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Plane Crash in Congo Kills at Least 27



GOMA, Democratic Republic of Congo — A plane carrying 17 passengers crashed on Sunday in the densely populated city of Goma, in the east of the Democratic Republic of Congo, killing at least 27 people, including some on the ground, officials said.

A lawmaker, Jean Paul Lumbulumbu, vice president of North Kivu’s Parliament, said more than two dozen bodies had been pulled from the rubble.

Two people were rescued before the plane exploded, including one member of the crew, according to the National Border Health Program, which confirmed 25 dead in a statement later Sunday.

The 19-seat plane, operated by the private carrier Busy Bee, was headed for the city of Beni, about 155 miles to the north, when it crashed shortly after takeoff into residential homes near Goma’s airport in North Kivu Province, according to the office of Gov. Nzanzu Kasivita Carly of North Kivu.

The cause of the crash was not immediately clear. Footage online showed smoke rising from the plane wreckage on the ground and the rear part of the fuselage resting on a concrete wall.

Heritier Said Mamadou, a Busy Bee airline staff member, told reporters, “There were 17 passengers onboard and two crew members.”

He said the plane had taken off around 9:10 a.m. The aircraft crashed in the Mapendo District shortly after “missing” its takeoff, according to the provincial governor.

Black smoke rose from the plane in the morning, whose wreckage could be seen amid destroyed homes as dozens of men tried to help with the rescue efforts. The smoke cleared as rescue workers carried bodies in stretchers and hundreds of people gathered at the scene.

Joseph Makundi, the coordinator of rescue services in Goma, told Reuters that 27 bodies had been recovered from the rubble, including those of several people hit by falling debris.

“I was at a restaurant with my family when I saw the plane spinning three times in the air and emitting a lot of smoke,” said Djemo Medar, a witness in Goma’s Mapendo neighborhood. “After that, we saw the plane crash into this house,” he said pointing to a nearby building.

“We know the pilot. His name is Didier,” he added. “He was shouting, ‘Help me, Help me.’ But we had no way to get to him because the fire was so powerful,” Mr. Medar said.

Placide Kambale, a local pilot, told The Associated Press that he took a taxi to the site to help out. When he got there, the plane was on fire.

“I called other young people from the neighborhood,” he said. “They helped me to try to remove those who still moved. We have managed to recover two that was quickly sent to the hospital,” he added, but then the fire expanded.

At the crash site, residents threw water from buckets and cooking pots onto the smoldering wreckage.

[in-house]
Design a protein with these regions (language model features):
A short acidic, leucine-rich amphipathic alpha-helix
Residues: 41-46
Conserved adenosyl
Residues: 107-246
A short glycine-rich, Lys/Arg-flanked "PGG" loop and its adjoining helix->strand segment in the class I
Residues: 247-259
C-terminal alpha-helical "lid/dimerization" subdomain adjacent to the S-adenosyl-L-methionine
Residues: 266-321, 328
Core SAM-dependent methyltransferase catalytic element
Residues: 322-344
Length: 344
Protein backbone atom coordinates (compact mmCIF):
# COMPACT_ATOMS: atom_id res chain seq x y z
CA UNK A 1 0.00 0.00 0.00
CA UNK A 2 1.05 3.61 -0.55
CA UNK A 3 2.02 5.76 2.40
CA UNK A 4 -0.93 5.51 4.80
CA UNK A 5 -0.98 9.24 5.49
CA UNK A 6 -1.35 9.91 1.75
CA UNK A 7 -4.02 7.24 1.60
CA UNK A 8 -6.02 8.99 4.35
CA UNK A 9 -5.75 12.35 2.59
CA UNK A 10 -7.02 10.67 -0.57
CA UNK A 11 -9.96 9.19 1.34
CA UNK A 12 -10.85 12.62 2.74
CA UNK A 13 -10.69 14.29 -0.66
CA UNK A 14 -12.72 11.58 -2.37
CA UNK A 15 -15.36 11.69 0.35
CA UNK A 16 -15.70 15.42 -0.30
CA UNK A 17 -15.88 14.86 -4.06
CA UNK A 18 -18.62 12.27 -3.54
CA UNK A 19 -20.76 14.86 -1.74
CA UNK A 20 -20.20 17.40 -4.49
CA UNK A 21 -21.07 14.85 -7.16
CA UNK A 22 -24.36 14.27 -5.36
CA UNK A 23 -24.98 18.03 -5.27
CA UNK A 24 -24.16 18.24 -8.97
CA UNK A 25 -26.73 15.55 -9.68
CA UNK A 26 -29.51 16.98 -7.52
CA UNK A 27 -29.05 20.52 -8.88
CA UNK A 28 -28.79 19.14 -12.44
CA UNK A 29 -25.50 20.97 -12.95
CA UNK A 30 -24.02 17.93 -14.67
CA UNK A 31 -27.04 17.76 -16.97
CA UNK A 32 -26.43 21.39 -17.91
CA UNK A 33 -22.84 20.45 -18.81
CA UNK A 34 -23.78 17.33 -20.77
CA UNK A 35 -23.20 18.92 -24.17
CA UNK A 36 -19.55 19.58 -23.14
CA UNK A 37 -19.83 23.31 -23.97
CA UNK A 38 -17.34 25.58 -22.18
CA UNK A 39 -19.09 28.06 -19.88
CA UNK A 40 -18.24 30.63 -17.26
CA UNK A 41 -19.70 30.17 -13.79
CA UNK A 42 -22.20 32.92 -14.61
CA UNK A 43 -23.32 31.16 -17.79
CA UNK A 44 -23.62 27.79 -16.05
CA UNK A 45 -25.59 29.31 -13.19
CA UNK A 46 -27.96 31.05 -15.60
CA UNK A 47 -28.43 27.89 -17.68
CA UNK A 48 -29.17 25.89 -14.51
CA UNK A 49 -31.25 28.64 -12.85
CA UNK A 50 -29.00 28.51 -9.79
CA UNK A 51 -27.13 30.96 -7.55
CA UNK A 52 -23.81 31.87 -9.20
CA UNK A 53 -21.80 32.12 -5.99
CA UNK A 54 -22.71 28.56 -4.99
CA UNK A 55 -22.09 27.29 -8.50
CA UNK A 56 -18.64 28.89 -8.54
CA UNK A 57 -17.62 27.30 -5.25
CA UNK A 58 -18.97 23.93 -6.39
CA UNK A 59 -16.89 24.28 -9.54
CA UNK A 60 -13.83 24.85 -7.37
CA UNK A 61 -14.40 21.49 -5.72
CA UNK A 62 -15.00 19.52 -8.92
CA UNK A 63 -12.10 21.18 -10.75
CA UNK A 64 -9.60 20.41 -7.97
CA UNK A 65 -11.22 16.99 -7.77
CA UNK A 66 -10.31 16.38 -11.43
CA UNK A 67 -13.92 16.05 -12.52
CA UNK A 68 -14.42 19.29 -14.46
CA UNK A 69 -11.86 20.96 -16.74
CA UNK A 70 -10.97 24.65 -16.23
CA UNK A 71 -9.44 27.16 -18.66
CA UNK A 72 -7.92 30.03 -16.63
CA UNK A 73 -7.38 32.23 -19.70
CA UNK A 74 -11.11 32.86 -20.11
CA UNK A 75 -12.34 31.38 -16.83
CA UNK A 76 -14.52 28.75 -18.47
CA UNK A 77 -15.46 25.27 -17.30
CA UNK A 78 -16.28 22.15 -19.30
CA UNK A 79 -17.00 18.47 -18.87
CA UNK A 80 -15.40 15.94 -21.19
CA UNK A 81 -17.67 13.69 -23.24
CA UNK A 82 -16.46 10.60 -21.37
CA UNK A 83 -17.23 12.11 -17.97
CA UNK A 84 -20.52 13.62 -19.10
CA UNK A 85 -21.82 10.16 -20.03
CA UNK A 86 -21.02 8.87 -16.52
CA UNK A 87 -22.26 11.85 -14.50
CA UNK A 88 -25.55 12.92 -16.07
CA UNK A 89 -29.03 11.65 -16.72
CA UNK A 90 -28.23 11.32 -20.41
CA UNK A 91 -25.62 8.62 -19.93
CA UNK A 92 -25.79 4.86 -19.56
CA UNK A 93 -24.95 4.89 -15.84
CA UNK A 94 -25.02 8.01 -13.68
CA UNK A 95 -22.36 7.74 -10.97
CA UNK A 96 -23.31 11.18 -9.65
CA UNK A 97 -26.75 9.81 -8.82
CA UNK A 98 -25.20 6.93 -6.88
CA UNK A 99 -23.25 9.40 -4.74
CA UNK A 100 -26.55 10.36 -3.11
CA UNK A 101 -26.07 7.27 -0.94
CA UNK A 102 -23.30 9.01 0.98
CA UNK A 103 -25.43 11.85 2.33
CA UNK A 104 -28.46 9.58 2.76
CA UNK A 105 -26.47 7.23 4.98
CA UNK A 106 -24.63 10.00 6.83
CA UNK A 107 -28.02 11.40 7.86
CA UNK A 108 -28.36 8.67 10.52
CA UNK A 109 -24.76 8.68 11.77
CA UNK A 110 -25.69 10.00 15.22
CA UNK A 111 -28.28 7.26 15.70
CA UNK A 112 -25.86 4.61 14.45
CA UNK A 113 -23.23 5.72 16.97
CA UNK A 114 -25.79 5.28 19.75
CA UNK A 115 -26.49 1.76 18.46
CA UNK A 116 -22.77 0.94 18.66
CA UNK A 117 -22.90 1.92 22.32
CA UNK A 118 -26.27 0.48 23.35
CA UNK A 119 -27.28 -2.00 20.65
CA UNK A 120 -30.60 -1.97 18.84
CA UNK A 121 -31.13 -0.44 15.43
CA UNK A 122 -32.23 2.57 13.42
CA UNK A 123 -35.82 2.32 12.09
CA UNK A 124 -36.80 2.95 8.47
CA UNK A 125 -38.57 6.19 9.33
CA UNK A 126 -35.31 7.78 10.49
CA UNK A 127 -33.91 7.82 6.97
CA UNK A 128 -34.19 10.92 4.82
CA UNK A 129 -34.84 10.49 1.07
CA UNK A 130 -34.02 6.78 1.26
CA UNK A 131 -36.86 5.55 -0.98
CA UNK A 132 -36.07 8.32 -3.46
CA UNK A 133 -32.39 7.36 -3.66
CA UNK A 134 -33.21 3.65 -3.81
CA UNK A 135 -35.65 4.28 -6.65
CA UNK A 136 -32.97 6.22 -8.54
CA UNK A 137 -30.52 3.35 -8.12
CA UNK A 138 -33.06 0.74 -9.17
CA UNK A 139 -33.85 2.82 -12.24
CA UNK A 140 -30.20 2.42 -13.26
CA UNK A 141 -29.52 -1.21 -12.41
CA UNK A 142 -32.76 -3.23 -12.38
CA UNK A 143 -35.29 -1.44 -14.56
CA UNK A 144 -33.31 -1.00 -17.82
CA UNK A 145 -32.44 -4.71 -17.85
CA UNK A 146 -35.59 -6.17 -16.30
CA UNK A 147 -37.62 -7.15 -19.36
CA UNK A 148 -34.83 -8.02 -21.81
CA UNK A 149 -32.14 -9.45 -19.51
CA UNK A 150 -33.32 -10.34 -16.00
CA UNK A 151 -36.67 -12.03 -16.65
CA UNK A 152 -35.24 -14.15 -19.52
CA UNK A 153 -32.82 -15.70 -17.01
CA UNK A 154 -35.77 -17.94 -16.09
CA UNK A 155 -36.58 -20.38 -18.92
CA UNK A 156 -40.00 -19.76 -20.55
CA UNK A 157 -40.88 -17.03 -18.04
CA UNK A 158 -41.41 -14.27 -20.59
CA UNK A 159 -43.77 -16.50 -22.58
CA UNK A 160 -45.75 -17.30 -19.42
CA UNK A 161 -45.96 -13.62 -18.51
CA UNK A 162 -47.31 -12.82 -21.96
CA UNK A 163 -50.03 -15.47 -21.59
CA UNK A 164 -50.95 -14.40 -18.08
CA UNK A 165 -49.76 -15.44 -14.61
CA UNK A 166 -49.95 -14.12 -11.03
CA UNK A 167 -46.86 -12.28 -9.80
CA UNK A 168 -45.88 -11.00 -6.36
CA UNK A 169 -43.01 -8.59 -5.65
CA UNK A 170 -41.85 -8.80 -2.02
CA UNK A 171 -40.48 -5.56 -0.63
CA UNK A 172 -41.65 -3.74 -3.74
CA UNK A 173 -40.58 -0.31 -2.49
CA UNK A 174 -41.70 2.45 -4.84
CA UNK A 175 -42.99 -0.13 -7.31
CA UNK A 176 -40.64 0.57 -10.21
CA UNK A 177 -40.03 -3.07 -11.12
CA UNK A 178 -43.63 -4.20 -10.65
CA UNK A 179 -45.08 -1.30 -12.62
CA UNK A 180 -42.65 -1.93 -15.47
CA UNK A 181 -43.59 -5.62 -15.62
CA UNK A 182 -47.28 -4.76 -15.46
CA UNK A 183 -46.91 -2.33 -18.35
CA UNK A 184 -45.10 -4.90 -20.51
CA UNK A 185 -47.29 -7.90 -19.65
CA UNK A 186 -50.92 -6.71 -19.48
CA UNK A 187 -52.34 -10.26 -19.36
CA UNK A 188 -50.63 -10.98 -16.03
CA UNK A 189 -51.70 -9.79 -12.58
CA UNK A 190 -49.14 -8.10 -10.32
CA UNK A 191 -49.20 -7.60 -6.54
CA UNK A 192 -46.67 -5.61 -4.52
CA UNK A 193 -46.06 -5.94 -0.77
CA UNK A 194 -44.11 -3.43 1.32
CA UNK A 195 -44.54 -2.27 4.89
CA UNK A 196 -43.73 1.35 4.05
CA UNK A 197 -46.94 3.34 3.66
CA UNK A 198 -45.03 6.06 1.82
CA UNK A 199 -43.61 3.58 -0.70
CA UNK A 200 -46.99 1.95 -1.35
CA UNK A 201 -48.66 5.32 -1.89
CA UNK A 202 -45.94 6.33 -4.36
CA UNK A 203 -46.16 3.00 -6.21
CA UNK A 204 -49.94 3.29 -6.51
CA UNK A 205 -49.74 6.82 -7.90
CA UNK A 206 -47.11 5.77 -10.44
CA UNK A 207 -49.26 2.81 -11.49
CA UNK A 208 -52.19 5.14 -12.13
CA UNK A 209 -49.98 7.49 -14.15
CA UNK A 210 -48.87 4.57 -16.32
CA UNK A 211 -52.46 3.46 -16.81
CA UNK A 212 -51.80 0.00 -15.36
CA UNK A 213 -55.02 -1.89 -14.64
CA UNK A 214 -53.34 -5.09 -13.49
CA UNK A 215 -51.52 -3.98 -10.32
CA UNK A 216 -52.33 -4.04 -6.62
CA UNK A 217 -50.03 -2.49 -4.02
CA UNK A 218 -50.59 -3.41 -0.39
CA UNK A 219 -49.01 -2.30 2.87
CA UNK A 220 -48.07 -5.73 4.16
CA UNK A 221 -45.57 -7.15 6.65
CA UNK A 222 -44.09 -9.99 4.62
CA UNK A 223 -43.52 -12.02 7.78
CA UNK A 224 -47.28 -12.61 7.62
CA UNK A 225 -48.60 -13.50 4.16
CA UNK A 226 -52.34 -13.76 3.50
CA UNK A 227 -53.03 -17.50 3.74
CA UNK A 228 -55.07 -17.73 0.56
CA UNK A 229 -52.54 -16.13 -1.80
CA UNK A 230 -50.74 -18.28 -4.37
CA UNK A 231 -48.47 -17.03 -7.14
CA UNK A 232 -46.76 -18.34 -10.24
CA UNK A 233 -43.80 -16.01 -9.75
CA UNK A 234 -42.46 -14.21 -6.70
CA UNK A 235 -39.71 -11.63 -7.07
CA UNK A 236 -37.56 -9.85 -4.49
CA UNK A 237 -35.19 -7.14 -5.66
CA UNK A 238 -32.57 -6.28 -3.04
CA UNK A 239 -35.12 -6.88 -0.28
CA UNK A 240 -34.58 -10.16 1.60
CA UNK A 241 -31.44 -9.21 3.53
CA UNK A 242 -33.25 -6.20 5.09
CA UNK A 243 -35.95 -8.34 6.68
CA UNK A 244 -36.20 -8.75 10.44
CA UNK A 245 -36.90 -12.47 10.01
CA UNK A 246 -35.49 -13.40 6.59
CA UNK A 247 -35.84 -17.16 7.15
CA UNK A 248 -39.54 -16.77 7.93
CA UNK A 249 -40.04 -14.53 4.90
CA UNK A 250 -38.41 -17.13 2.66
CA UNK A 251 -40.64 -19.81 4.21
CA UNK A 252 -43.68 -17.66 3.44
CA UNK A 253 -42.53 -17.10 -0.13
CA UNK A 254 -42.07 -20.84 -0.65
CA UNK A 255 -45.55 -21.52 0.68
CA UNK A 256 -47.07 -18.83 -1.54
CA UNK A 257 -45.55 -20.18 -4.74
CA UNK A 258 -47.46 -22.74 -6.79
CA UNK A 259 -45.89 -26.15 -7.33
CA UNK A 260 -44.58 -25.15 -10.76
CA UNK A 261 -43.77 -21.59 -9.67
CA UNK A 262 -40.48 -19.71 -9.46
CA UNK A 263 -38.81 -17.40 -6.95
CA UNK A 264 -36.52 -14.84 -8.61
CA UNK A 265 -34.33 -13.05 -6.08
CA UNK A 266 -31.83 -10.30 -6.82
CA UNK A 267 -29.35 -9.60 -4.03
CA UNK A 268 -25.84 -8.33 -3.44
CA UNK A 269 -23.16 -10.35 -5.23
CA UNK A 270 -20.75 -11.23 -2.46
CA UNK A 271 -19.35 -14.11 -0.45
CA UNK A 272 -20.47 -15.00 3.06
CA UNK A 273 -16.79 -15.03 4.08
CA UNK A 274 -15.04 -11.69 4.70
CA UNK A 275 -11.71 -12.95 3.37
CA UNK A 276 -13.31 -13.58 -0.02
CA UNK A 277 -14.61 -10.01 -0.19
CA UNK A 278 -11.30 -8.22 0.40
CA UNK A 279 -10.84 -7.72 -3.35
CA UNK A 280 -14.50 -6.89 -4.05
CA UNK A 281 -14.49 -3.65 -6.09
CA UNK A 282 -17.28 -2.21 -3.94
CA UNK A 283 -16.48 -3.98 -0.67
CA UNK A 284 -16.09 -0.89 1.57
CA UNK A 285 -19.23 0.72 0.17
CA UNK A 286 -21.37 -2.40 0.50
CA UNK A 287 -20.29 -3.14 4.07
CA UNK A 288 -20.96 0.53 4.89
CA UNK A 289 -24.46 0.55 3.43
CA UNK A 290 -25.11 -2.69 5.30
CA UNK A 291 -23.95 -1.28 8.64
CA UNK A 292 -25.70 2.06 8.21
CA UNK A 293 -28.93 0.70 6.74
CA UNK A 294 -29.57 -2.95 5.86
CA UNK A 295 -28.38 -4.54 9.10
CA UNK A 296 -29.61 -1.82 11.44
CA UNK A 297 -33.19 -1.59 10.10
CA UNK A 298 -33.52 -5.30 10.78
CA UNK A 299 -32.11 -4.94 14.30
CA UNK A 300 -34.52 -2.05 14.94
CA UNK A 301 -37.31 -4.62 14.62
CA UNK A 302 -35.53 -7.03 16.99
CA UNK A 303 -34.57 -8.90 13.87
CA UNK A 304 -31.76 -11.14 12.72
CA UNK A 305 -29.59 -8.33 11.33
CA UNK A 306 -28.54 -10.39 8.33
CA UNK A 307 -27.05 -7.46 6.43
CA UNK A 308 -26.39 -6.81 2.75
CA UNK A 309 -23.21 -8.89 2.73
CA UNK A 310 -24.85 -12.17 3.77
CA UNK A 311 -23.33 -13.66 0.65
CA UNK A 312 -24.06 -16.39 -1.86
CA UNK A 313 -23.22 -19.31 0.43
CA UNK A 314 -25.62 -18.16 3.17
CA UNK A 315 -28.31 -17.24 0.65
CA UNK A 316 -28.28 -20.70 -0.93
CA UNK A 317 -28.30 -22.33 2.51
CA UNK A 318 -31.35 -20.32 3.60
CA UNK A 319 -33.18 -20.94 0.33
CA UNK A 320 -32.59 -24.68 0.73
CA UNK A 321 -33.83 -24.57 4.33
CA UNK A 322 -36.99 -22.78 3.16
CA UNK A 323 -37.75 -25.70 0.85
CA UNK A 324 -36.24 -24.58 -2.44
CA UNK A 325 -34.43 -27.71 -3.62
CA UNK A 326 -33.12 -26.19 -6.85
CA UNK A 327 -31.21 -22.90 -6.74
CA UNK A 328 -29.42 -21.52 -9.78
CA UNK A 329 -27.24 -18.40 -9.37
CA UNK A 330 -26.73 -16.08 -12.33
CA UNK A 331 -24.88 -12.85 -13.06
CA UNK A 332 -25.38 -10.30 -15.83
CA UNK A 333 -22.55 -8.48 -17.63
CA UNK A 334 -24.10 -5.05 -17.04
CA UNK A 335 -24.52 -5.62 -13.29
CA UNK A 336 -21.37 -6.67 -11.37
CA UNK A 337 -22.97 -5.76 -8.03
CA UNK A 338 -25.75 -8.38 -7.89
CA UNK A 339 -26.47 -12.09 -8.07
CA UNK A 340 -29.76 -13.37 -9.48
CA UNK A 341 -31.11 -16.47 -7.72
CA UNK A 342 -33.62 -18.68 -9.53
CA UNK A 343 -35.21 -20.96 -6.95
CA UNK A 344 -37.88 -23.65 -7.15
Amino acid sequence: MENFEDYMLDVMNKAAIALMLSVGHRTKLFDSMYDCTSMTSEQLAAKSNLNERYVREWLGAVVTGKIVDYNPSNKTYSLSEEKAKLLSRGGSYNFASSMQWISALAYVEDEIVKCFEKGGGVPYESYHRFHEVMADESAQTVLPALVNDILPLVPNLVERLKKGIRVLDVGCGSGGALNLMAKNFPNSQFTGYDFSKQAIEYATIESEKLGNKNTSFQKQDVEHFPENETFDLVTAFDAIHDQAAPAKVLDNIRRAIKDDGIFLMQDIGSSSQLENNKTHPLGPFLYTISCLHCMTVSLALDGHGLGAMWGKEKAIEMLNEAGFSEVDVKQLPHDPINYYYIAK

The police arrested one man suspected of stealing cash from the rubble and fired warning shots to disperse people who had started looting, Mr. Medar said.

The United Nations mission in Congo said it had sent an emergency team with two fire engines to support the Congolese authorities in the rescue operation.

Congo has one of the world’s worst aviation records, with relatively frequent plane crashes caused by lax safety standards and poor maintenance. All Congolese commercial carriers, including Busy Bee, are banned from operating in the European Union.

In October, a cargo plane departing from the same airport crashed an hour after takeoff, killing all eight passengers. The plane, an Antonov An-72 transport aircraft, crashed in a forest and broke apart upon landing.

That aircraft, carrying President Félix Tshisekedi’s driver, a logistics manager and soldiers, was headed from Goma to the capital, Kinshasa, and went off radar an hour after departing, the Civil Aviation Authority said in a statement at the time. An armored vehicle used by the president had also been on board.

After news of that crash broke, local news media showed hundreds of supporters of Mr. Tshisekedi hitting the streets of Kinshasa, apparently fearing that the plane had been downed in a failed coup attempt. Mr. Tshisekedi took office in January from President Joseph Kabila, who governed for 17 years.

The Russian Embassy in the Democratic Republic of Congo said on its Facebook page that preliminary information indicated that Russians were among the crew members on the Antonov jet.

The United Nations peacekeeping mission sent two planes and a helicopter to join the search for plane debris. But there was no hope for the passengers.

“There are no survivors; the bodies were all burnt to ashes,” a presidential adviser, Vidiye Tshimanga, told reporters at the time.

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